Good afternoon Tiny House enthusiasts! I know I promised I’d post about my research regarding insulation and other super fun things (like drywall), but first I need to put some things down that have been bothering me…
I was asked this weekend who I am writing this blog for. While I am hopeful that my audience will find this to be both amusing and (eventually) informative, I am primarily writing this for myself. I want to be able to remember the decisions I’m making now and why I made them. I want to be able to look back and show things I accomplished and things that deflated me. For this reason, some of my posts will be less about decisions I’m making and more about how I’m feeling or why I’m confused.
Truth be told, I’ve been having a hard time at both of my jobs lately…
The restaurant I work at started (and kept on) messing up my schedule. I was working Monday night, Friday night, and sometimes Saturday and/or Sunday. I’m not even available to work Sundays or Mondays. It was stressing me out quite a bit and for quite a few reasons. First, with the amount of time I’m spending working I need a full day off each Sunday. Having to find someone to come in on what is actually my only day off was stressful, primarily because no one would ever want to work the shift. Second, I have been at this restaurant since the day it opened. I was one of the first three people hired and I didn’t understand why I was being singled out to work on a day I wasn’t available. So I sat down with them, had the conversation, and have been given my preferred schedule. I now work Wednesday, Thursday, and Friday nights, as well as all day Saturday. My knees are killing me but I’ve already made an extra $1600 this month. (And it’s only halfway through the month!)
Now on to my full-time job. (I find it hard to call just one of my jobs “full-time” now since I’m basically working full-time at both jobs, but I digress.) Things are feeling increasingly stifled to me. I work for a private company, but a large one. We recently moved to a new location and the vibe around the office is becoming more and more corporate. There is a lot more micro-managing and a lot less creativity. There is also an awful lot of inter-office pettiness that stresses me out daily and negatively affects my mood. I’m annoyed or upset more often than not these days and it takes all my energy just to get up in the mornings.
I know part of this is my depression but knowing why you feel a certain way doesn’t change that you do feel that way. My new medication takes the edge off the depression like ibuprofen may dull joint pain, but it doesn’t take it away.
I worry about what will happen when this Tiny House push is over. I know I’ve outlined all of the reasons I’m embarking on this journey, but what happens when it’s all done? I have always been good at pushing through and working toward a goal. What happens when I attain that goal?
Time for a story.
When I started college I was 17 and very smart. I earned several scholarships for writing and academics. I was excited for all that college would bring. I enrolled in interesting classes like one about Marxism and another called “Your Karma Ran Over My Dogma”. It was exhilarating to open my mind up to topics I’d never really heard of, yet alone dared to study. Coming from a close-minded Catholic education, this was really a treat for my mind.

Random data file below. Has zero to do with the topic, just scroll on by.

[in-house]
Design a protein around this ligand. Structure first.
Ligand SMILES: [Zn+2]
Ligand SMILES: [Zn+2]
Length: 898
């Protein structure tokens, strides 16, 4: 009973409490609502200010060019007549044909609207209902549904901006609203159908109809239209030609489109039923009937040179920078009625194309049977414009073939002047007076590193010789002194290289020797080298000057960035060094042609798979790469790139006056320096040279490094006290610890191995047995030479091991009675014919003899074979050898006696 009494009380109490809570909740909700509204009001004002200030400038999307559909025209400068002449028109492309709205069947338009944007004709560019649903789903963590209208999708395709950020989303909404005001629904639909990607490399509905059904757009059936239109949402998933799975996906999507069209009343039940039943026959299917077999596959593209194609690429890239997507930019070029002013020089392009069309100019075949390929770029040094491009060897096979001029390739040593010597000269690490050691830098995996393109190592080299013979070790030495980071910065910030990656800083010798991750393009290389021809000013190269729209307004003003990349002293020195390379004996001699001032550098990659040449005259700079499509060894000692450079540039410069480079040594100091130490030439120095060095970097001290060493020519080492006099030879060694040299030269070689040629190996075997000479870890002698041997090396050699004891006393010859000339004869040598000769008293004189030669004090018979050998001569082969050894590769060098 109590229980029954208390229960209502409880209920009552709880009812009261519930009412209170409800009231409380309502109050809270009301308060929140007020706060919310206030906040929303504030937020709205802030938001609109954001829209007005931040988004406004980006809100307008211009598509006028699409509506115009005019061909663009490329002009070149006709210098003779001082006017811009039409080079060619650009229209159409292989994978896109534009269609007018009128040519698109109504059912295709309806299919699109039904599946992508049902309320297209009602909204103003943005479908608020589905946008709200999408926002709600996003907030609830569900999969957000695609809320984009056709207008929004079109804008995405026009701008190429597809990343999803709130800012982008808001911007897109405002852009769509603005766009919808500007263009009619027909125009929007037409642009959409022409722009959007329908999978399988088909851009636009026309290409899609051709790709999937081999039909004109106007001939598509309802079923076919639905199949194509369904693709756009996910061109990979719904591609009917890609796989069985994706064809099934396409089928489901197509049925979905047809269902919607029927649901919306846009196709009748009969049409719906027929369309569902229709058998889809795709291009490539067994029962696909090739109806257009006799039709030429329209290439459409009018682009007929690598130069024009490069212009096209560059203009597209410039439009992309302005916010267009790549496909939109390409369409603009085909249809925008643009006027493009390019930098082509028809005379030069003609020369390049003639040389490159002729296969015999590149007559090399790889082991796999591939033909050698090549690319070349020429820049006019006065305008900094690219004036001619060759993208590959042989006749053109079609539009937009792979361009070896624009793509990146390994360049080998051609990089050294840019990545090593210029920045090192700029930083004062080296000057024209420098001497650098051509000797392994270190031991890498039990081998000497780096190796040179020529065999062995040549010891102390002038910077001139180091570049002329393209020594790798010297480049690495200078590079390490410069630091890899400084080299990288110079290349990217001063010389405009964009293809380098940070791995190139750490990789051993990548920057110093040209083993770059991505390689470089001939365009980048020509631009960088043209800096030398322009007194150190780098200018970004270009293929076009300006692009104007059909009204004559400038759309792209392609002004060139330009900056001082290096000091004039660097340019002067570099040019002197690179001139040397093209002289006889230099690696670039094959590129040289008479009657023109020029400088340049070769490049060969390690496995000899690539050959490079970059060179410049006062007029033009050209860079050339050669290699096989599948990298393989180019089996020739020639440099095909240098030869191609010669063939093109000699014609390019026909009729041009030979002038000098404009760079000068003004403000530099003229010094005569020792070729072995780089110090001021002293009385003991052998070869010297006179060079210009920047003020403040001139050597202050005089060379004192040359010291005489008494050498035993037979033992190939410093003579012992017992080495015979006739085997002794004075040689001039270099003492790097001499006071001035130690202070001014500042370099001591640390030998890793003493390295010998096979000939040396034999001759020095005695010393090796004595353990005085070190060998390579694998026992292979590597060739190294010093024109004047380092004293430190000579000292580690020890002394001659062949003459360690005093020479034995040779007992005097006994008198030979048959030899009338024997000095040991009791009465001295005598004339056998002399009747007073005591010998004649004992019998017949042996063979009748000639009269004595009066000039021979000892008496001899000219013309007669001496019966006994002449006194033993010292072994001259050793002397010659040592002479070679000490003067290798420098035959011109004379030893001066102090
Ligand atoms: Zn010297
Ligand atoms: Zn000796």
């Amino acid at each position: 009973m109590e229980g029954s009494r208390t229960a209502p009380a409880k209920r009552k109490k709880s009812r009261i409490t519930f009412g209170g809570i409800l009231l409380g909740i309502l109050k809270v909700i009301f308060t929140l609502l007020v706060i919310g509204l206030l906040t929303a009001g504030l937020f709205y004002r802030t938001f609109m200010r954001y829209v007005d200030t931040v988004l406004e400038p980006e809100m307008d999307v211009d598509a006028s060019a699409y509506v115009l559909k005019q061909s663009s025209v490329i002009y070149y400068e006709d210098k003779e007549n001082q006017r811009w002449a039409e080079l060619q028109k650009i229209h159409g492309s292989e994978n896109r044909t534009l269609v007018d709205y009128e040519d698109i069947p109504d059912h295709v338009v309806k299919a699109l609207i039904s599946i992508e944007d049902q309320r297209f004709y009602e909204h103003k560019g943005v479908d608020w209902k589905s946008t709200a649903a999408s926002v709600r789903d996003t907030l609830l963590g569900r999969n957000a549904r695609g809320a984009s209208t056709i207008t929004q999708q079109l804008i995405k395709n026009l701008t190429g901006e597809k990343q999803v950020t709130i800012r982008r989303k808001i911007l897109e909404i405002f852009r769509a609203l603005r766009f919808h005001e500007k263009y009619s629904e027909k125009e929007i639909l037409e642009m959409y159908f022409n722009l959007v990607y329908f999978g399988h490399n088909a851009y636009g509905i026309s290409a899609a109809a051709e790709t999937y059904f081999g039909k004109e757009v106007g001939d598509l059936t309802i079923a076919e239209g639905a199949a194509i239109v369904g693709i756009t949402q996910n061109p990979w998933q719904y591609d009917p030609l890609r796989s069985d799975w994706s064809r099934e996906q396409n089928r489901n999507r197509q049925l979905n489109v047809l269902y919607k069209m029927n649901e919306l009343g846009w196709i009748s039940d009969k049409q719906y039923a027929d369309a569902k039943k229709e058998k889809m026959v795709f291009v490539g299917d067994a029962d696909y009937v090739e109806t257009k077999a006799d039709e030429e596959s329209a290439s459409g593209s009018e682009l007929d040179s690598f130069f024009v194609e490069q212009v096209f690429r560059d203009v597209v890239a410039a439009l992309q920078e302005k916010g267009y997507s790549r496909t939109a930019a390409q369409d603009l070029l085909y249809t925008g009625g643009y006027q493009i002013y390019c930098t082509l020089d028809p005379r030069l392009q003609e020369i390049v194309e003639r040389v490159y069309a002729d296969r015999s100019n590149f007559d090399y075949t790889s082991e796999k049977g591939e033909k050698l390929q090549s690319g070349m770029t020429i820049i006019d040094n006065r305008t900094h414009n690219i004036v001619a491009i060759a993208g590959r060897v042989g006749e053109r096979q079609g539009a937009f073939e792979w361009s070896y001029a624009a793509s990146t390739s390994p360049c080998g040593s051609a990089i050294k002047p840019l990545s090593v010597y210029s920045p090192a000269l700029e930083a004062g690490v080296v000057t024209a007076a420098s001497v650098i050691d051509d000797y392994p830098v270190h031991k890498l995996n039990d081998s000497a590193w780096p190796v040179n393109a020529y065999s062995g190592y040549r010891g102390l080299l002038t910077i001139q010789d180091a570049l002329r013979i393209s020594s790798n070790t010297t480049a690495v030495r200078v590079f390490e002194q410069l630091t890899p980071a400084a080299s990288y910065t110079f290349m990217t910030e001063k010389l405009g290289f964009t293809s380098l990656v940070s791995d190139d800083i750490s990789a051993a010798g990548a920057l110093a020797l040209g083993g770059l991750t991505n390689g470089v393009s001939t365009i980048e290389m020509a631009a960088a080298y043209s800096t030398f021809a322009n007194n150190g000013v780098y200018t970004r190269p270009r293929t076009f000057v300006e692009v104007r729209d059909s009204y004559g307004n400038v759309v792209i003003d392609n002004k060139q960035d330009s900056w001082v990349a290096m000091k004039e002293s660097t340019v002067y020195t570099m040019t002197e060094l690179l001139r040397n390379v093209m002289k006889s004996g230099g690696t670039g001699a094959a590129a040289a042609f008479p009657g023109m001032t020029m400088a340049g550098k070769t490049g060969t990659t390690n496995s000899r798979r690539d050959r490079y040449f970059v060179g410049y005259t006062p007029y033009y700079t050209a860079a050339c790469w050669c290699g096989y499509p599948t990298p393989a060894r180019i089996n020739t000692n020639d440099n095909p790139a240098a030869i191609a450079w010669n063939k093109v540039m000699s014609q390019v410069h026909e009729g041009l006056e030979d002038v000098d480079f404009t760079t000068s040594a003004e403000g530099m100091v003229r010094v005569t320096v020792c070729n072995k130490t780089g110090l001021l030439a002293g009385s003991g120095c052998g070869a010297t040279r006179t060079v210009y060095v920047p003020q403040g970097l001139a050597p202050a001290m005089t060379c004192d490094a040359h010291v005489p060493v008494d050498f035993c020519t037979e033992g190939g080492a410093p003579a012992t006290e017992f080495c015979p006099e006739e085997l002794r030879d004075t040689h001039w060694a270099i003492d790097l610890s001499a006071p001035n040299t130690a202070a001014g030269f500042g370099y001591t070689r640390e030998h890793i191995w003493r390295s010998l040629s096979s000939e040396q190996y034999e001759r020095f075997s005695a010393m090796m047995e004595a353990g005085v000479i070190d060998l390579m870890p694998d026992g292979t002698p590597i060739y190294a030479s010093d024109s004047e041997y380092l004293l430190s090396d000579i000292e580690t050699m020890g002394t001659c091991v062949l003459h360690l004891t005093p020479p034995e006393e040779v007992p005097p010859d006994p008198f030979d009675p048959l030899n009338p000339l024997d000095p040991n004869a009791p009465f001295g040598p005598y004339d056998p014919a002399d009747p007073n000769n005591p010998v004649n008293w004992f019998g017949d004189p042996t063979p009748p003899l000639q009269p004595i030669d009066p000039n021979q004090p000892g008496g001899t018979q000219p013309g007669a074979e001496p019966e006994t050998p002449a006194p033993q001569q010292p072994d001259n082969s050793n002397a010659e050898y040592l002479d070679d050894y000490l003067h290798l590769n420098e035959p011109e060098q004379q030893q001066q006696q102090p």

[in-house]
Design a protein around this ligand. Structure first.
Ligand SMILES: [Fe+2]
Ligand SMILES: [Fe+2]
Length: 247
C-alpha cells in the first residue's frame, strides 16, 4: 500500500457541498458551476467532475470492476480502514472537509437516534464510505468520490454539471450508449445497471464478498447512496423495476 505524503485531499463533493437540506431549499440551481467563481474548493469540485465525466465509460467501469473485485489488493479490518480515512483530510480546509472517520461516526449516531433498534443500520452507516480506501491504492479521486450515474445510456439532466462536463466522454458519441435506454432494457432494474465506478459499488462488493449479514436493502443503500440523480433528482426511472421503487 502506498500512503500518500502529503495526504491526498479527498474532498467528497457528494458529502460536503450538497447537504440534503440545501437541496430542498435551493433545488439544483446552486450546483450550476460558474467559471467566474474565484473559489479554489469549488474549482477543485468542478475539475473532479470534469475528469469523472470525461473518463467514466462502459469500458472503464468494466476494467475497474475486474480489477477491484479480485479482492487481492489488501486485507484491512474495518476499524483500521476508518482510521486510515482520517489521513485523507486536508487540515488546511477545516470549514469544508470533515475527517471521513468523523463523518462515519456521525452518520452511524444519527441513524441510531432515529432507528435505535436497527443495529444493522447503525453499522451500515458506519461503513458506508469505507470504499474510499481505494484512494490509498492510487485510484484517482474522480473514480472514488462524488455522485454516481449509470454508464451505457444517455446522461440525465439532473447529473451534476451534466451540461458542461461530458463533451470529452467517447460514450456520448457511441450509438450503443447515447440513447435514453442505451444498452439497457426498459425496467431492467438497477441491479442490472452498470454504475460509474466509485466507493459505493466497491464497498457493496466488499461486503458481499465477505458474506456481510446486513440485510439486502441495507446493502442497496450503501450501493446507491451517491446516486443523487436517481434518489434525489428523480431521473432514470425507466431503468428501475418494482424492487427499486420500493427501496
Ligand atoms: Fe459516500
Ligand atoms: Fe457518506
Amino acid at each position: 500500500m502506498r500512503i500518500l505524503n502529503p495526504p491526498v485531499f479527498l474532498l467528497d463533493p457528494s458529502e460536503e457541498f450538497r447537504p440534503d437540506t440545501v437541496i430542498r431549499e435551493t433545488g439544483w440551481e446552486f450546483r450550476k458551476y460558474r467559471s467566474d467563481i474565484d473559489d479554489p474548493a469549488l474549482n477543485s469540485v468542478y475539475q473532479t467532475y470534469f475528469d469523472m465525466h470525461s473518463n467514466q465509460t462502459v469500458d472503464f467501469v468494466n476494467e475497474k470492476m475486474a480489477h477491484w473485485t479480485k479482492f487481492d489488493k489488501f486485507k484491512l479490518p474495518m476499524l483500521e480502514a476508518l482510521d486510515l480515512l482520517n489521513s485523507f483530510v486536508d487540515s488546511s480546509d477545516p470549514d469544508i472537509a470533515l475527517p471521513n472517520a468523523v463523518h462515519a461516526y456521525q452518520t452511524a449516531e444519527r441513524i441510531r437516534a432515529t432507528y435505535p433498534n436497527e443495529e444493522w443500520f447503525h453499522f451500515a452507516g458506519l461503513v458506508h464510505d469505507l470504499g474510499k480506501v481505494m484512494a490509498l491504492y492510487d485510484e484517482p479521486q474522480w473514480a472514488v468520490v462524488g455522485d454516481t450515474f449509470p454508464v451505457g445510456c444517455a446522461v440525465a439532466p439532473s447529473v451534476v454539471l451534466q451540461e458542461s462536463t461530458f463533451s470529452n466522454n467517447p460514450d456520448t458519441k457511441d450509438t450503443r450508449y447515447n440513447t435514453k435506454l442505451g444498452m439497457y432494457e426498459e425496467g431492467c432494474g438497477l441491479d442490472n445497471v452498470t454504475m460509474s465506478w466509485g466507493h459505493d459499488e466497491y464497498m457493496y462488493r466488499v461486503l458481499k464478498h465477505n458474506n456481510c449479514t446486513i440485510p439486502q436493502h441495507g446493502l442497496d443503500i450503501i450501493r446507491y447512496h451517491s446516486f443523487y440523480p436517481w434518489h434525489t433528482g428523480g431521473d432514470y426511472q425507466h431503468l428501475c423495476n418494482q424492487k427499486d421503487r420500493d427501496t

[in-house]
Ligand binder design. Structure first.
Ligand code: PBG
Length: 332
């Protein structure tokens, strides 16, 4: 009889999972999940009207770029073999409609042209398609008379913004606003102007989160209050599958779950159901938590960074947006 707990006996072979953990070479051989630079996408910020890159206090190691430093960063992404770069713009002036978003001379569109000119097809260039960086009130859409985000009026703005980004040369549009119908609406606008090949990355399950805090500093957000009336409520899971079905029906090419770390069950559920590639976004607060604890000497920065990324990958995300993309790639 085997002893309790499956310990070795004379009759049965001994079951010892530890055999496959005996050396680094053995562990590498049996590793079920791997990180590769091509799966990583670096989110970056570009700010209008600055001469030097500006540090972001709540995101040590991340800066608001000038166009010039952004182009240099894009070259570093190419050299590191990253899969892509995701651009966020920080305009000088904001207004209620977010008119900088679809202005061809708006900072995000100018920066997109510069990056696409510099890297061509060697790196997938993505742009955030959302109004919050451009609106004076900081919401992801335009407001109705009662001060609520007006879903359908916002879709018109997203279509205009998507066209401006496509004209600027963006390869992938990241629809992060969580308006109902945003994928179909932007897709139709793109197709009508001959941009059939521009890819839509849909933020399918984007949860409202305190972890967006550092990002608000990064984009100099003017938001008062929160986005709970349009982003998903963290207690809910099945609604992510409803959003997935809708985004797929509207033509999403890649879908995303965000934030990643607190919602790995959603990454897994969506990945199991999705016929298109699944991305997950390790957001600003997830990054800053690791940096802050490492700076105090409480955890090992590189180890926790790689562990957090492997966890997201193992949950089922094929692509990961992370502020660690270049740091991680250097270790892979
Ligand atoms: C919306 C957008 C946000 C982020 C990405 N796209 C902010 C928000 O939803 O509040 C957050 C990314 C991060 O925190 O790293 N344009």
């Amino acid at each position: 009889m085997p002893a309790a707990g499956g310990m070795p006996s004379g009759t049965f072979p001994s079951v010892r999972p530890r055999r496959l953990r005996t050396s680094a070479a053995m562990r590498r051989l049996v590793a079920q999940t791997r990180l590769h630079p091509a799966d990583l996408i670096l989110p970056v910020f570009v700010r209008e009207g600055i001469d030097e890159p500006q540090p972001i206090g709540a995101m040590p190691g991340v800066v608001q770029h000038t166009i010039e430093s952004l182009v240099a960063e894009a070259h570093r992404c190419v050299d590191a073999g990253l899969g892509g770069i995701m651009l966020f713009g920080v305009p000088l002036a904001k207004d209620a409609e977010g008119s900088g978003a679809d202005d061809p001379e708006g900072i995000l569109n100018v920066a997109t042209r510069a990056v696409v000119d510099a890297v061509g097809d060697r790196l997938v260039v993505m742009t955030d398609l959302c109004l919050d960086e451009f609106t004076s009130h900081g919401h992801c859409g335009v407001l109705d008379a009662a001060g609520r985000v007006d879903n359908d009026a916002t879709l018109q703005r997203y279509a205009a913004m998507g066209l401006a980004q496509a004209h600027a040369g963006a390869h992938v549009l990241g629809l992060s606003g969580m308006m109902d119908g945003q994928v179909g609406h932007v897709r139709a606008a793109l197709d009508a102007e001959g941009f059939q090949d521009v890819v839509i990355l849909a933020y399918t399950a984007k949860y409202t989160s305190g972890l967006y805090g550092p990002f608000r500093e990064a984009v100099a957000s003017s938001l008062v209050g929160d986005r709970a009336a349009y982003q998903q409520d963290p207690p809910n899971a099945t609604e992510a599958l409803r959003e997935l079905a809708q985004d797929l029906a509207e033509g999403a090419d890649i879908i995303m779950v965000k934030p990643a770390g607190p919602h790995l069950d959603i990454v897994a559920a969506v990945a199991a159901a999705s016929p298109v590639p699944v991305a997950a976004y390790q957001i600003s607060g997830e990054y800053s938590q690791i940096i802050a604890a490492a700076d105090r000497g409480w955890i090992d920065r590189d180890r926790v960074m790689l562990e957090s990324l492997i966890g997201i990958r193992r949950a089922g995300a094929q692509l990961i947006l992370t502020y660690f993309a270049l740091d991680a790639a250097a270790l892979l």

And then it all crashed, and crashed quickly. My depression quickly spun out of control and by my sophomore year I was failing classes. I had to transfer to a larger and less prestigious school, but I did so well there (while living at home with my parents, mind you) that I was convinced I was cured. I even managed to convince my parents of that. I returned to my fancy (see: expensive) college, and promptly ended up back on academic probation. I quit college just one year shy of graduating.
Why am I telling you this sad story? To tell you this better one:
Fast forward five years. I’d never gone back to school and I’d moved around Western PA a lot. I was fed up with my job after two-and-a-half years and ready to move on. When they said they’d pay me unemployment if I quit, I quit that very day. I decided a few weeks later that I’d return to school. And I decided to return to my school. Sure, I could have gone somewhere closer or cheaper or less distinguished, but I wanted to prove to my 17-year-old self that I could do it. I filled out the paperwork, I got my loans, and I returned to class.
My first time around, I’d planned to graduate with both a Psychology and an English degree. Each Professor who knew me way back when told me to take it easy and choose one major and allow the other to become my minor. I didn’t listen. I couldn’t do that. Instead, I took 22 credits during the fall and 23 in the spring. I re-enrolled in classes I had failed or gotten a ‘D’ in, just to pull up my cumulative GPA. When I returned to school, my GPA was a measly 2.3. My goal was to graduate with a 3.0.
After just one year and enough classes to fill at least three semesters, I graduated with both degrees. I made the Dean’s List each semester and my GPA was a 3.0. (Well, it’s technically a 2.97 but we all round up, right? Math, right!?)
So again, why am I telling you this? Because I need to remind anyone who is listening that you can do whatever you put your mind to. And I need to remind myself that I can do it. Despite any craziness at my jobs or with my family or the battle against my inner self, I will not succumb. And neither should you.
It shouldn’t matter who is with you or against you, as long as you are with and for yourself. So long as you keep your own hope alive, you can do anything.
– Dylan Thomas